Sensing without Sensors


October 17, 2013


Jonny Canny


UC Berkeley


This talk is about tapping the enormous amount of sensor data that we generate about ourselves every day. We’re not talking about traditional sensors, but about mobile devices, mice, keyboards, microphones, cameras etc. that we interact with all the time. Our first explorations of “sensorless” sensing used voice data captured on mobile phones to measure mood and depression. Our most recent work uses ordinary mouse movement to measure stress. From raw mouse movement, we build models of muscle stiffness and find that when people are stressed, they become “tense” in a way that we can reliably measure. We are exploring generalizations of the muscle tension approach to mobile devices.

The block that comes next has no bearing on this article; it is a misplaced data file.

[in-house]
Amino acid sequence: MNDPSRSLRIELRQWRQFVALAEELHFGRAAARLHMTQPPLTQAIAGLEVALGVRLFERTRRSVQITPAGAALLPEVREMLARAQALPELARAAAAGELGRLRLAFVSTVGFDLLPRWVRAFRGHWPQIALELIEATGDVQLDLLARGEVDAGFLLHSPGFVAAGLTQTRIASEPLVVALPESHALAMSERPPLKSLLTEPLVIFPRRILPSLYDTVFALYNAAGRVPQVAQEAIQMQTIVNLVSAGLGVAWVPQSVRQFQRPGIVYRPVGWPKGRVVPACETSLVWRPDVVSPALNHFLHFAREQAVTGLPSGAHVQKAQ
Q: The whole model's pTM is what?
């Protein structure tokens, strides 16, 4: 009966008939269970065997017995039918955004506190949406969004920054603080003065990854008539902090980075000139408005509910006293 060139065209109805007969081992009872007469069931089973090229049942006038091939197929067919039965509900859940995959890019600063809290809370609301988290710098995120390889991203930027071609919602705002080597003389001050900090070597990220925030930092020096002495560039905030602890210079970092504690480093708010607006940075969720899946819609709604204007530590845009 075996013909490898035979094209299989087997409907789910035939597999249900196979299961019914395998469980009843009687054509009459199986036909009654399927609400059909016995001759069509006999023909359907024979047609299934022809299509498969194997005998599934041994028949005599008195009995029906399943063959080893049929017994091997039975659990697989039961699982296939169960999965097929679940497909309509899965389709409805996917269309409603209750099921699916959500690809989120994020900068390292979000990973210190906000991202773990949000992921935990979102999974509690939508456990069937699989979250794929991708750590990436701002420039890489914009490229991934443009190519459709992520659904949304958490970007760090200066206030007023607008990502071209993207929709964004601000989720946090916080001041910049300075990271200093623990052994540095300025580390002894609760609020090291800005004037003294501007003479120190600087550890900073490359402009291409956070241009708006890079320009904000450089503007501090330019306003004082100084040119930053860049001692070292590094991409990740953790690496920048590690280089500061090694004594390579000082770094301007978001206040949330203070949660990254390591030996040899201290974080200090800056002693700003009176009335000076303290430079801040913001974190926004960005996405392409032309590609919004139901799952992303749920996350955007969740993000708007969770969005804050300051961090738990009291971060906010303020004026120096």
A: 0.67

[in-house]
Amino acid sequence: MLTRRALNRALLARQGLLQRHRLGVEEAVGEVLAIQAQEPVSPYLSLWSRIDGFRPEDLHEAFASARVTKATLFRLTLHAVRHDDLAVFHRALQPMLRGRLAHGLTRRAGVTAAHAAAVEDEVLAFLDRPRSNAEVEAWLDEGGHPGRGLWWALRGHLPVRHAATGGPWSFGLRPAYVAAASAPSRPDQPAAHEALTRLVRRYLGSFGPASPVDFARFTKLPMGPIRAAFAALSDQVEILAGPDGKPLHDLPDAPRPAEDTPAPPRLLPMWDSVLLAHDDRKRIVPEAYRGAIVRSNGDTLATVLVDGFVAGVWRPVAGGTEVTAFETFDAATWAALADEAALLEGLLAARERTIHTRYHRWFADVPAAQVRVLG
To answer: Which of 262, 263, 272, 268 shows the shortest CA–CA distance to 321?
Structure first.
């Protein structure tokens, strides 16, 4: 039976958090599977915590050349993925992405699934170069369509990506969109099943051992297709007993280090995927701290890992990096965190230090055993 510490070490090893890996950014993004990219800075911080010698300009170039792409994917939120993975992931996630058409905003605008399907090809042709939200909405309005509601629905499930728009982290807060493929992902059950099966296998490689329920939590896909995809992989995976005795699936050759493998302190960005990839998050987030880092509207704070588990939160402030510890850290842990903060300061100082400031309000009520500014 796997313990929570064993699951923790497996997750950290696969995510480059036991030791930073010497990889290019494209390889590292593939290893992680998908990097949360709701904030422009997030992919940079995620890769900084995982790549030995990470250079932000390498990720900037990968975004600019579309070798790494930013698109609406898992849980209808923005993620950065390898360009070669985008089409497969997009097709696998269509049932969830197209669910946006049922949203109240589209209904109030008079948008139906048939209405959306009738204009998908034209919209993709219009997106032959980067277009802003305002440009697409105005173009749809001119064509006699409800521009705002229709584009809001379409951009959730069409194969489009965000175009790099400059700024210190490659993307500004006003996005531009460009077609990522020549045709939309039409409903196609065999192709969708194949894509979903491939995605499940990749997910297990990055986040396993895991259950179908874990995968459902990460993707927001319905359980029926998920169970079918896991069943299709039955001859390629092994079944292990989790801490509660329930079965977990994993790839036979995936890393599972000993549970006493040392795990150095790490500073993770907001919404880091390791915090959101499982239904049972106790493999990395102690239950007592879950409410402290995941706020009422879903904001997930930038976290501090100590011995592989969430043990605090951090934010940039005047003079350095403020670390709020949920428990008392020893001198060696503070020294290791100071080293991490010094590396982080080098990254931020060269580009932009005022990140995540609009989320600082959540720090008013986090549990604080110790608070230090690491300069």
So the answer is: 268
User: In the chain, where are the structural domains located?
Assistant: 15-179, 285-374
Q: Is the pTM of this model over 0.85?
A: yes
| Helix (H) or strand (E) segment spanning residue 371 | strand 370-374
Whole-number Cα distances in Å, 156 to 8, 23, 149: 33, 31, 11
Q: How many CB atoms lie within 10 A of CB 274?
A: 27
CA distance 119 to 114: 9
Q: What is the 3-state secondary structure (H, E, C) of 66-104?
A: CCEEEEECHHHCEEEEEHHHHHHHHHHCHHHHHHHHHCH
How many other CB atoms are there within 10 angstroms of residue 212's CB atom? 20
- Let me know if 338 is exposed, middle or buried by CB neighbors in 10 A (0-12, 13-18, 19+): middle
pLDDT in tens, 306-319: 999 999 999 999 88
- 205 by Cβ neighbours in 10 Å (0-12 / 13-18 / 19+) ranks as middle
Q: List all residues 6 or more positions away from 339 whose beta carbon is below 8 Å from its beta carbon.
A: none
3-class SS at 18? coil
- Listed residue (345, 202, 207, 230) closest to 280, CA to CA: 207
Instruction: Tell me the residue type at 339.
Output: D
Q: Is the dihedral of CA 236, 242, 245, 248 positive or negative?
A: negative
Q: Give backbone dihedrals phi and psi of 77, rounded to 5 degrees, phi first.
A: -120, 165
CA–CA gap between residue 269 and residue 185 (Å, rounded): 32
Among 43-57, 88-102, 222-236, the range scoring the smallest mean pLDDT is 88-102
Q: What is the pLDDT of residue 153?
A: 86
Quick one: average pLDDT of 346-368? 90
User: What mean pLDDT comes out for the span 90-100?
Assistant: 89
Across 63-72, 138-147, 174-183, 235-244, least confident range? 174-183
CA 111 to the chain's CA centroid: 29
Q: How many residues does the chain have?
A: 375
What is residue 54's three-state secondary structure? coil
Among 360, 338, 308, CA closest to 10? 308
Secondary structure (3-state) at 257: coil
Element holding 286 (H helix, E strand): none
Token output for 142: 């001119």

The second part of the talk will explore the opportunities and risks of rich behavioral data from invisible sensors and social media. These data blur the boundaries between “quantitative” and “qualitative” analysis and suggest the development of new practices that straddle those disciplinary boundaries.


Jonny Canny

John Canny is a professor in computer science at UC Berkeley, and holds the Paul and Stacy Jacobs distinguished Professorship in Engineering. His recent work is in health technology, educational technology, and “Designing with data”. His work marries human-computer interaction and social science with signal processing and machine learning. He has designed and deployed production behavioral modeling systems for several Fortune-500 companies, and is a cofounder of Mark Logic Corp.